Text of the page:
Prospective and incoming students often hear the lore of MODs, or orientation modules, that have historically been held for three weeks in August prior to the start of classes. This is a time when new cohorts get to know one another, the School, and learn skills predominantly focused on ecosystem measurements, forestry, and urban ecology. For our guitar playing extroverts, this is the time to shine around late night campfires.
MODs met the challenges of 2020 this summer. Colleen Murphy-Dunning, Director of MODs, explained that MODs has been undergoing a reimagining since last year. A faculty review restructured the locations and curriculum in favor of two weeks spent in New Haven and one at Yale-Myers Forest. In doing so, the School could better represent and focus on issues important to faculty and students, such as energy, materials, and at the crux of all issue areas, environmental justice.
However, with COVID-19, MODs went fully virtual with no time spent in the woods or out in the city of New Haven, taking place over just one week instead of three. This one week, led by MODs Steering Committee members instructors Amity Doolitte, Marlyse Duguid, Mark Bradford, Gabe Benoit, and staff Thomas Easley, Stuart DeCew, and MODs Director Colleen Murphy-Dunning, centered community and justice under the theme, “From Self to System: Closing the Empathy Gap and Prompting Action through Environmental Justice.”
Thomas Easley, Assistant Dean of Community & Inclusion at YSE, and Stuart DeCew, Executive Director, Center for Business & the Environment at Yale, kicked off and set the foundation for MODs with a community orientation. By “viewing the YSE community as a complex adaptive system,” Easley and DeCew led students in examining their own perspectives and carefully listening to those of their fellow classmates, in order to better understand one another’s lived experiences. Students continued to examine self and system guided by Easley and DeCew’s curation throughout MODs.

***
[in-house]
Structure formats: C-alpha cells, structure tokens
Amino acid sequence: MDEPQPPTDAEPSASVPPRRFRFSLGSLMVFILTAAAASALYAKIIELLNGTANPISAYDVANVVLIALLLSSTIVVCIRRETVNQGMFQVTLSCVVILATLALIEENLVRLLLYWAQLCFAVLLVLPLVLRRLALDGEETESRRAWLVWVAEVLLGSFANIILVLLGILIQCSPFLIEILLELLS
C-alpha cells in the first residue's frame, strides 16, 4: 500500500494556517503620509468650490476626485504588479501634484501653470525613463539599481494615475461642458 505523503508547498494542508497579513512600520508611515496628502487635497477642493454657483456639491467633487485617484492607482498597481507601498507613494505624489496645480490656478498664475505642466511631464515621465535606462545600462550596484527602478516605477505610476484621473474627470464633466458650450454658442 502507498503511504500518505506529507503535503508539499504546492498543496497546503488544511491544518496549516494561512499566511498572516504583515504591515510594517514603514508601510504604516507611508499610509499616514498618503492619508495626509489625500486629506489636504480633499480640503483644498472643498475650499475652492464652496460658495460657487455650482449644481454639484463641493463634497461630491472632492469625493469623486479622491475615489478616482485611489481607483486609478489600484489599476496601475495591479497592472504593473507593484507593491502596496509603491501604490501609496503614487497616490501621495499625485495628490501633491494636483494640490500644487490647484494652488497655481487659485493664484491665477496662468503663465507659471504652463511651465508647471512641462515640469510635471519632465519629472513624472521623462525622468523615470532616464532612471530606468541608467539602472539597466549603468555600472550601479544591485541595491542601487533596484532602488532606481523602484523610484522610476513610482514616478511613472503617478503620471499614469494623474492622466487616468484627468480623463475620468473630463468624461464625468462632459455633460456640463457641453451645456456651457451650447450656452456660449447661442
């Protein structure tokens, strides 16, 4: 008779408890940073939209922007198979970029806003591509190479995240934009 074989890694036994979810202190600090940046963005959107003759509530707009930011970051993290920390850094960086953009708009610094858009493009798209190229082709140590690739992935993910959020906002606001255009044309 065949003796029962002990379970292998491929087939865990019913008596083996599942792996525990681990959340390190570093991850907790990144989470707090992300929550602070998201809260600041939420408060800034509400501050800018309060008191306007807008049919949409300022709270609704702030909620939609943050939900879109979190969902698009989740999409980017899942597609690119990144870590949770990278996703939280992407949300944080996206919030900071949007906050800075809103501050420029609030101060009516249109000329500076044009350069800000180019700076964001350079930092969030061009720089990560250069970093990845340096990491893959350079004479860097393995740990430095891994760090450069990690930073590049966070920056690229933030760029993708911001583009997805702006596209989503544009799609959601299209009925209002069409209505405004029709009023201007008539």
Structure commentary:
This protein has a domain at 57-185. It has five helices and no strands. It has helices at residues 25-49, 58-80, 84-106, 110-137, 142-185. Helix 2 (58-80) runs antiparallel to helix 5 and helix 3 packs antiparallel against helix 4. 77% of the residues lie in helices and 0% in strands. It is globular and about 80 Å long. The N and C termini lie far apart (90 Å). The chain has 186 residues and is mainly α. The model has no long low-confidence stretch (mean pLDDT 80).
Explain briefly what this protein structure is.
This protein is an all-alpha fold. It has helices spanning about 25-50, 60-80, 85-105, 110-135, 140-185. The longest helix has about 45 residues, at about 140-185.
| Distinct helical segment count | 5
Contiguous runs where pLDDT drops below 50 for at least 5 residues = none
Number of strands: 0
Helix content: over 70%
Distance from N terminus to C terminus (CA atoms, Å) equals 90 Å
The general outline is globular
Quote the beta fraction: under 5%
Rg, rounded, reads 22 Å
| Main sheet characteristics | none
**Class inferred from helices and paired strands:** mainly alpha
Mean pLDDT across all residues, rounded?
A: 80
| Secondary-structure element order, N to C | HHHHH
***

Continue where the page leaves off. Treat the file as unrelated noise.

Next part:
The Yale-Myers Forest portion, which has been known as the ecosystem measurements module, centered heavily on the concept of home place and home ecosystem to make connections between people and place. As described by Mark Bradford, this MODs still covered an “introduction to ecosystem science and data” but focused on “being honest about the fact that scientists are subjective,” even while working on seemingly objective questions. With this framing, Marlyse Duguid drew upon Robin Wall-Kimmerer’s work Braiding Sweetgrass to help weave Indigenous traditional knowledge with Western scientific knowledge by questioning our place within these natural systems and an understanding that we as scientists are subjective in our knowledge.
At the beginning of this module, Bradford and Duguid asked students three survey questions:
- What is your homeplace?
- What is your home ecosystem?
- What is your environmental ethic?
Answers lacked interconnections amongst them, but throughout the day, Bradford says the interconnections were put together, combining people, concept of place, and management goals to better understand that ecosystem science is much more than Western concepts and data.
In the other MODs sessions, Amity Doolitte introduced students to the concept of environmental justice, grounding it in New Haven’s history, landscape, and peoples, including the Native Quinnipiac people and New Haven’s Freedom Trail. Professor Gabe Benoit led urban watersheds focused on clean drinking water and water management.
Always connected to our alum, orientation concluded with insights and advice from Black alum Terry Baker ‘07 M.F., Donovan Ervin ‘20 M.E.M., ‘20 M.B.A., Lauren Graham ‘13 M.E.M., and Georgia Silvera Seamans ‘01 M.E.M. on how to be a just environmental leader as students embark on obtaining their master’s degrees.